I've spent the last fortnight in a relatively mildly irritating posting in a unit run by a registrar who until today I'd put down as a moderately effective, watered-down sort of a dictator. A stickler for punctuality, a nitpicking nag, that kind of a person. Not remotely a malicious bitch so much as a typical trope, instead of a real person, I thought. She was often short with patients, frequently snapped at her clueless but kindhearted housemen, relentlessly ordering them to get their act together, she was painfully particular about us turning up in the wards at 7 AM to do blood collections, only if there were just two patients that needed to be tested. The only time there appeared to be anything to humanize her stony countenance was the few occasions when she presented cases to the professors, an activity that in the Psychiatry department involves having long, sometimes really ridiculously silly-sounding conversations with patients. Her histories were detailed and thorough, her cases peppered with witticisms and a somewhat wacky sense of humour, that was decidedly at odds with her otherwise apparently hostile demeanour.
I was glad to be finishing the posting really. Just take her signature and get the hell out of there, I thought.
Then, it so turned out that we didnt really need her signature, the saccharine sweet lecturer and the histrionically entertaining professors were ready to sign all our work.
So, in what felt like a minor coup, we paraded into the office, stamping our own logbooks with the department seal and there she was! My co-interns all thought the best strategy was obviously to not look her in the eye, and simply troop past trying to look as innocuous as possible, as if willing themselves to be invisible cud actually work.
I, however, am more than a little worse at that, and blending into the background wont ever really be a strong suit for me. So, I thought that I shud use that to my advantage and contribute a cheeky parting shot instead.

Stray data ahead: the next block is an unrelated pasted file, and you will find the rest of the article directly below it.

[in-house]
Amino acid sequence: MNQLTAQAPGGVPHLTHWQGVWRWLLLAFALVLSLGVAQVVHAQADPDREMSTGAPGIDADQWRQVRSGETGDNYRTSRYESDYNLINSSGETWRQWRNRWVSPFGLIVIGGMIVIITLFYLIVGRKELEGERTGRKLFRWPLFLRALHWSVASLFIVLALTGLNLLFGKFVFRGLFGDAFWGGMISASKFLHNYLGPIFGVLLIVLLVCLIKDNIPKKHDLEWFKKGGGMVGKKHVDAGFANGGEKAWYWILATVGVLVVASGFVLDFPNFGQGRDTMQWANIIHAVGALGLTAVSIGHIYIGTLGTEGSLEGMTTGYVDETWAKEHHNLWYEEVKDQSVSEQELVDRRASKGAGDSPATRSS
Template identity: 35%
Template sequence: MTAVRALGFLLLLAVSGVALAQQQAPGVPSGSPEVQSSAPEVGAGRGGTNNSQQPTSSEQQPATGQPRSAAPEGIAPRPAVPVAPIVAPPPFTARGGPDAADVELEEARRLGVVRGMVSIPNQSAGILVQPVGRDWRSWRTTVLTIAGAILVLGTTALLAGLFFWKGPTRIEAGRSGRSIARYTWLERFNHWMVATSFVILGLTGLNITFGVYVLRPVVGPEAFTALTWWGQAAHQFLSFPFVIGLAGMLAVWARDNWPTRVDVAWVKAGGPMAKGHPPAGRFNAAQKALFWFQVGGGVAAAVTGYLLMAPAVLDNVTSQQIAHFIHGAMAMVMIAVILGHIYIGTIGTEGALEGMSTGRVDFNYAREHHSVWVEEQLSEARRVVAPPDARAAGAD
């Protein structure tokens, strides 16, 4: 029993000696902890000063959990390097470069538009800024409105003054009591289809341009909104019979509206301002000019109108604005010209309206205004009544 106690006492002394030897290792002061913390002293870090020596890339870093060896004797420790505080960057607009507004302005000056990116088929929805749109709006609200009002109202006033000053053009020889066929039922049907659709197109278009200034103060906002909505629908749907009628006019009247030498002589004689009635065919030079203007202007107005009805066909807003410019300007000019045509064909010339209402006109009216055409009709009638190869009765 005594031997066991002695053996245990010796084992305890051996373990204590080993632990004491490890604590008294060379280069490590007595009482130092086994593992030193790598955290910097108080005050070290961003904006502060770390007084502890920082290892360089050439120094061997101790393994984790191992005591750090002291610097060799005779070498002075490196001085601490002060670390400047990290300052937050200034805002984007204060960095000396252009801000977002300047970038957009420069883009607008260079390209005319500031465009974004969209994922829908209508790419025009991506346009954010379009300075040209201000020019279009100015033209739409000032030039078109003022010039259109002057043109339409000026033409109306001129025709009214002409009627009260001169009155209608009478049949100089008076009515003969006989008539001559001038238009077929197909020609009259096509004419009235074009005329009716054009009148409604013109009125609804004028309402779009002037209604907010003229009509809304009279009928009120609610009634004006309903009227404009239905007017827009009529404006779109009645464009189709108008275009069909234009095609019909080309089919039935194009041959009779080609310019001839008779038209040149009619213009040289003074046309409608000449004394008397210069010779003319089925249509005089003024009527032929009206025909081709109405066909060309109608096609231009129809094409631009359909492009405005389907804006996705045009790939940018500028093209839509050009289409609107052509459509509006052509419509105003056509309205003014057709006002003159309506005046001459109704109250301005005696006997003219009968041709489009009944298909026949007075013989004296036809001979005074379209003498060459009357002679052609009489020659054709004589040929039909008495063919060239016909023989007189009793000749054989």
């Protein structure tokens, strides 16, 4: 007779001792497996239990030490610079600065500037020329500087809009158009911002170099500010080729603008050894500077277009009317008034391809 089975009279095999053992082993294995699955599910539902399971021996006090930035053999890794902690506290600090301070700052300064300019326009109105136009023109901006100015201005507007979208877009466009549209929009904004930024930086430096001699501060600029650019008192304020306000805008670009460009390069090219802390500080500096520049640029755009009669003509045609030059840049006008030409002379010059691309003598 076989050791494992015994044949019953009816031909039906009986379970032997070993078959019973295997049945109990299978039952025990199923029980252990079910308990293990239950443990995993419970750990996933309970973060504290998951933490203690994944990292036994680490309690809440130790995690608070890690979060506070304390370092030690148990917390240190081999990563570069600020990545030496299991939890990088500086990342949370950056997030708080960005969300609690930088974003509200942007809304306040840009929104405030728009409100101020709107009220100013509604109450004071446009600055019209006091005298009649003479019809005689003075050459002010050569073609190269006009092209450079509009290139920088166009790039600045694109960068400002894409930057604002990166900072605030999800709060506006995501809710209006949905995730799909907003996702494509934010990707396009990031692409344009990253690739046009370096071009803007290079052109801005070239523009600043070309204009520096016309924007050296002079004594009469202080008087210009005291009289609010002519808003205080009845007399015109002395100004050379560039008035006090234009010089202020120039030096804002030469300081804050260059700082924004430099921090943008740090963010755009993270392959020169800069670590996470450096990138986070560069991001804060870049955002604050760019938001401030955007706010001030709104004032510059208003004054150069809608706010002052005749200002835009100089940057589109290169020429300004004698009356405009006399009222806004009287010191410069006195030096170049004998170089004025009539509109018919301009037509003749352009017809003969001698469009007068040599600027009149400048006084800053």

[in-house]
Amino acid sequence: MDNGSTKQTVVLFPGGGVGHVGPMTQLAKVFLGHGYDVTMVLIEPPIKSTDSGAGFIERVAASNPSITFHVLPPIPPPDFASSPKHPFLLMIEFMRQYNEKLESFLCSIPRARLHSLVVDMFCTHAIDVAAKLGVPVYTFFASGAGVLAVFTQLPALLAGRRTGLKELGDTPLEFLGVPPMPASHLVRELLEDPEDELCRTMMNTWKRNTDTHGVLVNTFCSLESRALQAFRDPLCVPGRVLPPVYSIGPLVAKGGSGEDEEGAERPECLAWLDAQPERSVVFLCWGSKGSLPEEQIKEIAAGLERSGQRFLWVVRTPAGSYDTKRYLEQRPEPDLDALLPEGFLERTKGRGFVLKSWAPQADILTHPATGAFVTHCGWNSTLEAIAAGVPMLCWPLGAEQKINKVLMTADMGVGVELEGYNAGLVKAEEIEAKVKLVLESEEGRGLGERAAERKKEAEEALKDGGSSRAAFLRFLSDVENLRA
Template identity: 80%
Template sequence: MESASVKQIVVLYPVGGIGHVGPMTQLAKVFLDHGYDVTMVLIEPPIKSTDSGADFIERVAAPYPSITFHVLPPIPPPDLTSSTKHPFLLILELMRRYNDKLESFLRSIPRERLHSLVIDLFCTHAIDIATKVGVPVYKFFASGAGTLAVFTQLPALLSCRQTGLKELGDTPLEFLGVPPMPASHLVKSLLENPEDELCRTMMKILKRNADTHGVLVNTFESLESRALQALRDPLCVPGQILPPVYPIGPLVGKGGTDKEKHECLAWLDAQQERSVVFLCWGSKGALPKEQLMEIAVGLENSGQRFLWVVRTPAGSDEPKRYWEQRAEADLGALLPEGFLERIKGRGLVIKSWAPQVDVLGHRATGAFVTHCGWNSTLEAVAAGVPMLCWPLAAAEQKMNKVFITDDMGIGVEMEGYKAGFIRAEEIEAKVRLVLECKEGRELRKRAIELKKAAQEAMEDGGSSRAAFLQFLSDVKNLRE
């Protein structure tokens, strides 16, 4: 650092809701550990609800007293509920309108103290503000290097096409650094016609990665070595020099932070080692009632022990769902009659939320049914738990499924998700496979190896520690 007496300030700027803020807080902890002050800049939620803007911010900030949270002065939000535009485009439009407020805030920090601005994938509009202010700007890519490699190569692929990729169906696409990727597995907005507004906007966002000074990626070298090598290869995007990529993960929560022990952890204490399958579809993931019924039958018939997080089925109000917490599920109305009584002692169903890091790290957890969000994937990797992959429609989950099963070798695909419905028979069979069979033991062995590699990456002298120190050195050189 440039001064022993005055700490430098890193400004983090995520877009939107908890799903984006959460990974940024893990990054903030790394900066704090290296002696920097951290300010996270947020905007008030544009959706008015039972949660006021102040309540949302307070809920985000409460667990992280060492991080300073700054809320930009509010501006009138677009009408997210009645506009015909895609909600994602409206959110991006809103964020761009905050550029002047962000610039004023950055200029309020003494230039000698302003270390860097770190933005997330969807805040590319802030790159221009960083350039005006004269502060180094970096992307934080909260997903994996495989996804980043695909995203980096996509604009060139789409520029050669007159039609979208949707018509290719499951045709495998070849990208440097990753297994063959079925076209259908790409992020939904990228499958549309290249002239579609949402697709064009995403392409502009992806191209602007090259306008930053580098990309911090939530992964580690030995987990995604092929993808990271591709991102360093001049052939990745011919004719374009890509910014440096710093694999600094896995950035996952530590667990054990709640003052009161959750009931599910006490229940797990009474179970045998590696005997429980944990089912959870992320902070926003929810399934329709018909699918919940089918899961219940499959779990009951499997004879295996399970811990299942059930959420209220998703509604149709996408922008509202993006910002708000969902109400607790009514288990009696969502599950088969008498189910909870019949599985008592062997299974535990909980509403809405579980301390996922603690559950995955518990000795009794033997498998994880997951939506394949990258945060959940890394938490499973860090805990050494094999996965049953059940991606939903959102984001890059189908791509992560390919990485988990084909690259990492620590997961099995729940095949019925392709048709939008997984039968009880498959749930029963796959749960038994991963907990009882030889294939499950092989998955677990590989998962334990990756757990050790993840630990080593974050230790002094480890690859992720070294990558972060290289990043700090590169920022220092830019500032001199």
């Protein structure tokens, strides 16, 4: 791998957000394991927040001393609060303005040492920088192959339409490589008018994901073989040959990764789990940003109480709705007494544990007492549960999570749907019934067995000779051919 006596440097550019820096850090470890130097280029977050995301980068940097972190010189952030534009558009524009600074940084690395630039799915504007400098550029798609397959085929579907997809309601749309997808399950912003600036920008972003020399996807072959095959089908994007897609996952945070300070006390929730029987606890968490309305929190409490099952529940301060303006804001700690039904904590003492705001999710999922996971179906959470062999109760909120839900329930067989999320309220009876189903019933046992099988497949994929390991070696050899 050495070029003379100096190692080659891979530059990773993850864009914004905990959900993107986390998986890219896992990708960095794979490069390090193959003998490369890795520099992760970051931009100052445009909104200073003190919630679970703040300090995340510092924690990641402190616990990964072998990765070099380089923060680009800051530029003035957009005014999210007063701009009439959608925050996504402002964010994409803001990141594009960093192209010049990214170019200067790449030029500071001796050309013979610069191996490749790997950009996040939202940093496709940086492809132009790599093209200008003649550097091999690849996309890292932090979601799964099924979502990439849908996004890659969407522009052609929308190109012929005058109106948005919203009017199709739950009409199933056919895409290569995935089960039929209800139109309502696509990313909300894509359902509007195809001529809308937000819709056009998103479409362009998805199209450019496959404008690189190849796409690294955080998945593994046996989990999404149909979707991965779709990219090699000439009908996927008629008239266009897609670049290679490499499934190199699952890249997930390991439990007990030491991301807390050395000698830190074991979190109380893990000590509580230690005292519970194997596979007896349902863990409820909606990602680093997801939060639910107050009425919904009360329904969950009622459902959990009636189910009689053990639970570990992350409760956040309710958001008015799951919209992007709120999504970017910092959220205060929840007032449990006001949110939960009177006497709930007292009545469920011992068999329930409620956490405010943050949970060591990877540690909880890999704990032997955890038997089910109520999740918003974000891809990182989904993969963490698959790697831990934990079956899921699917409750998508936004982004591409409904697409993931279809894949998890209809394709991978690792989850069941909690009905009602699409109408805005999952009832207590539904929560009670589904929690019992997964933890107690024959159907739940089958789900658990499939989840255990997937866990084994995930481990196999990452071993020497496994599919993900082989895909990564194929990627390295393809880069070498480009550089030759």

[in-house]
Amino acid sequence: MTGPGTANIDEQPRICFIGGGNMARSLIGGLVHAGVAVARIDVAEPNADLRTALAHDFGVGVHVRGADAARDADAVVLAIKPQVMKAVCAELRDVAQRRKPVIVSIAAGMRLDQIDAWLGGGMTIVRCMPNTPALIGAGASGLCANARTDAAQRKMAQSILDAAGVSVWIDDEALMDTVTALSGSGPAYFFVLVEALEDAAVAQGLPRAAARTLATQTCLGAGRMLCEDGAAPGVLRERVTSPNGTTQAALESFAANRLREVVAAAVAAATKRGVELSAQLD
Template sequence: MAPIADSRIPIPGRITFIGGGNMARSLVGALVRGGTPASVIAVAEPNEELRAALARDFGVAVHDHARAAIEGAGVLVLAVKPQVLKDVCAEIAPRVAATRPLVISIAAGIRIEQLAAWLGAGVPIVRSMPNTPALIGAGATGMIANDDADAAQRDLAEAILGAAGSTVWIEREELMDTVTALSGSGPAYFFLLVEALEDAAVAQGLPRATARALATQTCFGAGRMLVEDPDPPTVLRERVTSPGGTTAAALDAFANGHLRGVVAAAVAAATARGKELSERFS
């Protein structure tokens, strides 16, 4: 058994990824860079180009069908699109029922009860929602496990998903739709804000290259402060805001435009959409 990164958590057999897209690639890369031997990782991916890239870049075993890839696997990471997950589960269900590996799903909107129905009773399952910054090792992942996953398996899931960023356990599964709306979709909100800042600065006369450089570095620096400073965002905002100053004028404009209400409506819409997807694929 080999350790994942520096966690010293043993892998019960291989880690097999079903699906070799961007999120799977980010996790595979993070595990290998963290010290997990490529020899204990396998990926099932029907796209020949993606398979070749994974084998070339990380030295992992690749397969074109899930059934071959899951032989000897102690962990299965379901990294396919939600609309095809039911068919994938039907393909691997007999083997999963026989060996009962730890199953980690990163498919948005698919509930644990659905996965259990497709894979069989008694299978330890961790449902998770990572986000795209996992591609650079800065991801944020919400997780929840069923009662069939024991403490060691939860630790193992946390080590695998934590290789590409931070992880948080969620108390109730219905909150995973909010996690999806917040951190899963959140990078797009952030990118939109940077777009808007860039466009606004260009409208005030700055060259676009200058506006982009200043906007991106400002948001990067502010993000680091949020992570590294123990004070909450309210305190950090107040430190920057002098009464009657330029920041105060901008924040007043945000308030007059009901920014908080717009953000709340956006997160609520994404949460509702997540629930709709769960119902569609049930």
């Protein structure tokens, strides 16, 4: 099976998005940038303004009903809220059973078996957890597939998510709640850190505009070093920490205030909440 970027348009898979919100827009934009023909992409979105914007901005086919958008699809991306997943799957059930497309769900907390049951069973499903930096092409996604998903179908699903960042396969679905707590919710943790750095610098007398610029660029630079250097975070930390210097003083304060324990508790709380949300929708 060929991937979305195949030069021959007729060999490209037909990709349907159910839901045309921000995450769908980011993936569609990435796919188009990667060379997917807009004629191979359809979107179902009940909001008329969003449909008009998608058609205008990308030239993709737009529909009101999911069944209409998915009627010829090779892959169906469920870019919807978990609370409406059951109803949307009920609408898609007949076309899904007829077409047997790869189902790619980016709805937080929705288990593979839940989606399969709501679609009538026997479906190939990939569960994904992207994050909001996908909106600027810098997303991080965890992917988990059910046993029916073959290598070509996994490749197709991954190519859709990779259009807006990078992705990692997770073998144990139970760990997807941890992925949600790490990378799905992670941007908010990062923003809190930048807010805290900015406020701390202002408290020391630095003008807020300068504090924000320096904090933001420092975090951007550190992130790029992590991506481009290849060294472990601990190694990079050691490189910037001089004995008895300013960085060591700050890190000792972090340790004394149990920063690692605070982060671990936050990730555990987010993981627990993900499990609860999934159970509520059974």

So, trying to look her in the eye with what I hoped resembled bonhomie, I gave her a big smile and I said, "Ma'am, so we're done with psych. Today was our last day." 'And you wont be able to boss us around any more.' being what was left pointedly unsaid.
She looked at me, as if really noticing me for the first time in that very moment, and to my great surprise, smiled, although sardonically, and said, "Then I guess you're lucky. Do well in your exams." before turning and leaving.
My co-interns gave me a 'why do you always have to do this, Karishma?' look and marched into the office. I, however, realized that I was seeing the woman in a whole new light, and a really rosy one, too.
It dawned on me that she was probably the only rigorously competent person in the whole unit, the reason we were called on for blood collections daily was becoz the sweet but simpering houseman had no idea what bore needle to use, or what bulbs to take, or even which laboratory the blood was supposed to be sent to. That the other gruff but kindly houseman was bad at remembering drug names and repeatedly badgered the registrar for dosages.
That the honey-tongued lecturer often left rounds half-way and the much-renowned professor was on holiday for much of the month.
She was single-handedly responsible for all the patients in the unit and the obvious stress from all that work was probably what made her lose her temper so often.
And I realized what I really felt was not exhilaration at having gotten another barrage of signatures out of the way, but the slightest hint of guilt towards and a somewhat grudging admiration for the woman who delightedly wrote words like 'mendicants' and 'verbose' and 'lotuseaters' on the case-sheets, a woman whose name I hadnt even bothered to ask for all of the two weeks I was posted alongside her.